Richard Kirstel, an art photographer and teacher who later portrayed characters from Baltimore's history, died Wednesday of a heart attack at his home in Granada, Spain. The former Charles Village resident was 71.
Mr. Kirstel was the subject of a celebrated 1970 local censorship case when the president of what was then Towson State University ordered his pictures to be removed from a campus exhibition because of sexual content.
Born in the Bronx, N.Y., he joined the Navy and became a ship's photographer during the Korean War. Later settling in Chicago, he did work for Playboy magazine and made portraits.
"He soon rejected commercial photography to purse a career in photographic imagery," said his stepson, Andrew Sachs of Los Angeles.
Mr. Kirstel earned a degree at the Rochester Institute of Technology and studied with photographers Minor White and Ralph Hattersley, who began by advising him to read works by the 19th-century acting master Constantin Stanislavsky.
In 1970 he moved to Baltimore for a teaching job at the Maryland Institute College of Art.
"He had a charismatic presence about him," said Jack Wilgus, a colleague from the Maryland Institute. "He was good in critiques and discussions. I just enjoyed hearing him talk."
He found himself embroiled in a dispute when a show derived from his best-known book, Pas de Deux, which had been published by Grove Press, was ordered removed from a Towson State University art gallery.
According to Sun accounts, a security guard, acting on orders from the school's administration, told him to remove his pictures. When Mr. Kirstel refused, he was charged with trespassing.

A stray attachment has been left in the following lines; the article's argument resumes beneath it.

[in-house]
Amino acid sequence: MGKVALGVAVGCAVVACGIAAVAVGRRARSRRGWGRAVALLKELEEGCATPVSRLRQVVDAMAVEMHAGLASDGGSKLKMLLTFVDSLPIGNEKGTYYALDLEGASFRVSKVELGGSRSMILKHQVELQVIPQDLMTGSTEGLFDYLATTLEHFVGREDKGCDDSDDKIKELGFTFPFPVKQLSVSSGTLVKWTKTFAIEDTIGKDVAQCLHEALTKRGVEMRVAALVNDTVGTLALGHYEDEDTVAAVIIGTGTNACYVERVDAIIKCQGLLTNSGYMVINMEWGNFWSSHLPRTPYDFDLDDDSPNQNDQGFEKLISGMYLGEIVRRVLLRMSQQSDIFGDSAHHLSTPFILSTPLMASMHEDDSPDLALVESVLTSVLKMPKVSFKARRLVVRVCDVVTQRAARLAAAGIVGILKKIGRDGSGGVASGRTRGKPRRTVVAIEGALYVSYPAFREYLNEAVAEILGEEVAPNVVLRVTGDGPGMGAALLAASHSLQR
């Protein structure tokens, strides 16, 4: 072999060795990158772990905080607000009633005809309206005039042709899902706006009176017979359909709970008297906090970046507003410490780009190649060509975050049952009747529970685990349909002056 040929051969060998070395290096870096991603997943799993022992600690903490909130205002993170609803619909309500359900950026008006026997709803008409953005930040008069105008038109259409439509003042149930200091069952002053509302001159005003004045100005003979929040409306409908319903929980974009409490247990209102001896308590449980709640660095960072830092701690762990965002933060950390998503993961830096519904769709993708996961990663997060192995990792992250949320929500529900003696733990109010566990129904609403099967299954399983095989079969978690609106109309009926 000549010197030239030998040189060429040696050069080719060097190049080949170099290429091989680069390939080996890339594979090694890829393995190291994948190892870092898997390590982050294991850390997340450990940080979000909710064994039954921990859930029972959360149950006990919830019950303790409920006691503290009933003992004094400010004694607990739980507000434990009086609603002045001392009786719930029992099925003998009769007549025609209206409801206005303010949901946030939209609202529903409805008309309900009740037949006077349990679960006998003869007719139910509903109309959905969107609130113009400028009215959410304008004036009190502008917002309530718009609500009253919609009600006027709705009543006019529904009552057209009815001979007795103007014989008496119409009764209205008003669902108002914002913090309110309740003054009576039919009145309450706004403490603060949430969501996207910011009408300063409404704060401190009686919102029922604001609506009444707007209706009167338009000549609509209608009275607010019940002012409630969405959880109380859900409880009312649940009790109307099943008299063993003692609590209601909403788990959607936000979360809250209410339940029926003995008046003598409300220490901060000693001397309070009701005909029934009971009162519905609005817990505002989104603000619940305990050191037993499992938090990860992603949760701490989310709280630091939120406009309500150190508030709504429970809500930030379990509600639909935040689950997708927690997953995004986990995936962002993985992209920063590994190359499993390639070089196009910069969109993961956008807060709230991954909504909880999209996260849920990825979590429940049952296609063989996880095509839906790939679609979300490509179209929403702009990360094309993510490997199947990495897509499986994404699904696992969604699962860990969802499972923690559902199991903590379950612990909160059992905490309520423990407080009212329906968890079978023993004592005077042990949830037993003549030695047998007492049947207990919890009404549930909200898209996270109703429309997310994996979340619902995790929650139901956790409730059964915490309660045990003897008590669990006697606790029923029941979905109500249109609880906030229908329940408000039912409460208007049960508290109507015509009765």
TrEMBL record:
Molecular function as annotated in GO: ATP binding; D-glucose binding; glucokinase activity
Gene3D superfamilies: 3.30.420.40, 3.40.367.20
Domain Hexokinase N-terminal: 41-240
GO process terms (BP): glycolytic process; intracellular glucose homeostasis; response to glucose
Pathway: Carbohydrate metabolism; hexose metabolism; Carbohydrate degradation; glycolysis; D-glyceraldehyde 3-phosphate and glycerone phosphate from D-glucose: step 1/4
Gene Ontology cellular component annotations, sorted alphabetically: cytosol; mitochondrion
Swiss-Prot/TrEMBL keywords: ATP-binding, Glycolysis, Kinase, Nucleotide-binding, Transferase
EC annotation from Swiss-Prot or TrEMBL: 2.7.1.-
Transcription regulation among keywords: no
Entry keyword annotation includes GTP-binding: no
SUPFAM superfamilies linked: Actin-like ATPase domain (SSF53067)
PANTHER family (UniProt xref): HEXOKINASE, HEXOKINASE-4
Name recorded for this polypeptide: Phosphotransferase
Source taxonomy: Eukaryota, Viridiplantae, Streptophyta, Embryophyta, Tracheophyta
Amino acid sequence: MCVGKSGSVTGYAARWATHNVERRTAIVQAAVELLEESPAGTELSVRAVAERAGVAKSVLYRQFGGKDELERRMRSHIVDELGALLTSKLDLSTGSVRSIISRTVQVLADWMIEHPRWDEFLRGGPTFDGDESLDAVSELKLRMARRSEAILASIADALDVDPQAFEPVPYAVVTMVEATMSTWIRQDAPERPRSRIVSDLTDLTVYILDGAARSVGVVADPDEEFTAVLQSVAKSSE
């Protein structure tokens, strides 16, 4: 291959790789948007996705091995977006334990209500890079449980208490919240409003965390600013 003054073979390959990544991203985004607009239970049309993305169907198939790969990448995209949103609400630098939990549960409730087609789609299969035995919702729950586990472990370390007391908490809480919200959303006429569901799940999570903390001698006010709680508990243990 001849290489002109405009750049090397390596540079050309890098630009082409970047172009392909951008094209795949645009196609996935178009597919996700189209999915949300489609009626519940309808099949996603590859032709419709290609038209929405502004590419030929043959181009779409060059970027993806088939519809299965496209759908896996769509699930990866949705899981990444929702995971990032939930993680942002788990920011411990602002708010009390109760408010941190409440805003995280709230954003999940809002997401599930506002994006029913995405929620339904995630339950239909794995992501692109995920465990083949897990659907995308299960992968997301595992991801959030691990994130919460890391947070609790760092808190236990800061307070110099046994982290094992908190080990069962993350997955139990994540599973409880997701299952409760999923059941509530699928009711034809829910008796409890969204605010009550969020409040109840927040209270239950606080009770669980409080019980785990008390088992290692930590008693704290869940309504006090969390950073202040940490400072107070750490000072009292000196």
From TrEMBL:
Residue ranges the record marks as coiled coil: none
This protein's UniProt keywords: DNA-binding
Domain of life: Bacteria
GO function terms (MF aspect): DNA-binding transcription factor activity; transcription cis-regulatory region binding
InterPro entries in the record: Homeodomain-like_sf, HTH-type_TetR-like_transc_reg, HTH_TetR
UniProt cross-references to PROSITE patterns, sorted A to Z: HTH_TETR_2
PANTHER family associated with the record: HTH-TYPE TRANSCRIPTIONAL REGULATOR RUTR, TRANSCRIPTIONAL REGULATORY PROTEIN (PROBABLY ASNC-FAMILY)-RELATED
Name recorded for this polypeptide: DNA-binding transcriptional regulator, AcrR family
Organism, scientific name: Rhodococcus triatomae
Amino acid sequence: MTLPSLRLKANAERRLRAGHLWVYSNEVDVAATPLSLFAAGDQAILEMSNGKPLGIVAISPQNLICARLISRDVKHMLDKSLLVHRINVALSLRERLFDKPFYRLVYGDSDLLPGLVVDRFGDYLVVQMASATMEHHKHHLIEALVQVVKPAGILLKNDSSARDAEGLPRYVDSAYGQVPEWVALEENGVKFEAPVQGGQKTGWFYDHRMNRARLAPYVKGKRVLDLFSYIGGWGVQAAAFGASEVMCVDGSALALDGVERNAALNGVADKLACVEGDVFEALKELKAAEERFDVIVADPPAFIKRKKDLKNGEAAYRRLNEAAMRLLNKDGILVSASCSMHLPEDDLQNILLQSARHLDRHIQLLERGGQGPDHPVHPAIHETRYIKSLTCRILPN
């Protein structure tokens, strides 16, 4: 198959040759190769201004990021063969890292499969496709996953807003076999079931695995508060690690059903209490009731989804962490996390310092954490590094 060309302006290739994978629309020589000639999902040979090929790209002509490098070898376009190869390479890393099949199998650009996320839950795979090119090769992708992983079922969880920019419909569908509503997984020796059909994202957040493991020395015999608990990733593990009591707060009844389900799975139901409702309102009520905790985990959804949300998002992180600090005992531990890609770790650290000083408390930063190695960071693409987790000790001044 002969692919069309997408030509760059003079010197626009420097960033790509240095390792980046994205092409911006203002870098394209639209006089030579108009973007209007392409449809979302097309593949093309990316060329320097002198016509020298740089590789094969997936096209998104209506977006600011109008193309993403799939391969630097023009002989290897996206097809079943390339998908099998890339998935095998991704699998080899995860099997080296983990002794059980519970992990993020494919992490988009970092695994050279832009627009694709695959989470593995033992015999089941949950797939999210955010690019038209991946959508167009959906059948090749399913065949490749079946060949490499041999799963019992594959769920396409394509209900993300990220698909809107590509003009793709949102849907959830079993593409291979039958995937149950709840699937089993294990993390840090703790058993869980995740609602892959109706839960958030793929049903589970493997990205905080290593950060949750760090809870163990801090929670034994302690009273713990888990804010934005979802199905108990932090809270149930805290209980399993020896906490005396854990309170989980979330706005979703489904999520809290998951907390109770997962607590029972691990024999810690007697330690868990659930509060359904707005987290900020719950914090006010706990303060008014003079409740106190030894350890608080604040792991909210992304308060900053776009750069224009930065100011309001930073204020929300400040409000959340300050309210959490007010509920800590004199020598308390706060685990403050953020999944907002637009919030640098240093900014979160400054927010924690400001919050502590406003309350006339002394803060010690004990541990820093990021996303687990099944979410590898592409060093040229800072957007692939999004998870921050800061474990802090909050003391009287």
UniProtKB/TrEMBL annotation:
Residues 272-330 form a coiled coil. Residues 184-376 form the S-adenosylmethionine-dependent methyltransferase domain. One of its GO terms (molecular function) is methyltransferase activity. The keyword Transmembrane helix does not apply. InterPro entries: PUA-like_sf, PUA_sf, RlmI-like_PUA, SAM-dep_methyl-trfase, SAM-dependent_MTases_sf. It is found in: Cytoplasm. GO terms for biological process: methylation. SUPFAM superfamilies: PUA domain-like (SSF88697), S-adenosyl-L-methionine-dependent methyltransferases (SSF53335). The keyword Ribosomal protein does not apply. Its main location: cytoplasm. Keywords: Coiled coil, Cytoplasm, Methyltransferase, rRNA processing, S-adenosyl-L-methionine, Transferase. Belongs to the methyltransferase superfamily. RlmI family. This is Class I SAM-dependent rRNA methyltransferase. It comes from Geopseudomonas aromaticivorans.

A Baltimore County jury found him guilty, and he was fined $200 and given a suspended sentence. The U.S. Supreme Court declined to hear the case.
Writing in a 1989 Evening Sun op-ed page piece, Mr. Kirstel recalled the incident and wrote that "over 7,000 persons attended the New York show without incident" when his pictures appeared at the FOTO Gallery in Manhattan.
"Although his photographs were considered controversial at the time, by today's standards, what remains apparent is the power and artistry of his imagery," said his stepson.
Mr. Kirstel published essays on photographic imagery and education and gave talks and workshops. He also taught courses at Antioch College, the School for Visual Arts in New York, the Smithsonian Institution, the University of Maryland, Baltimore County, and the Johns Hopkins University.
During the past 15 years, Mr. Kirstel turned to acting and took classes at the Studio Repertory Conservatory in Washington and in workshops with the actress Trezana Beverly.
He appeared at the Arena Players, Spotlighters Theatre, Center Stage, Shakespeare on Wheels and the Renaissance Festival.
"He had one of those actor's voices that was trained and clear," said Cameron Kane, his sister-in-law. "It was a wonderful baritone."
He frequently appeared as William Fell and a character known as the "anonymous immigrant" in Fells Point during historical tours.
Mr. Kirstel moved from Baltimore to Granada in in 2004, where he told friends, "I want to be the Hemingway of Granada."
Plans for a memorial service are incomplete.
In addition to his stepson, survivors include two stepdaughters, Jo Carol Snyder of Baltimore and Jacklyn Yale of New York, N.Y.; a brother, Harvey Kirstel of Baltimore; and five grandchildren. His wife, the former Barbara Mayer, manager of the Joseph Meyerhoff Symphony Hall, died in 1996.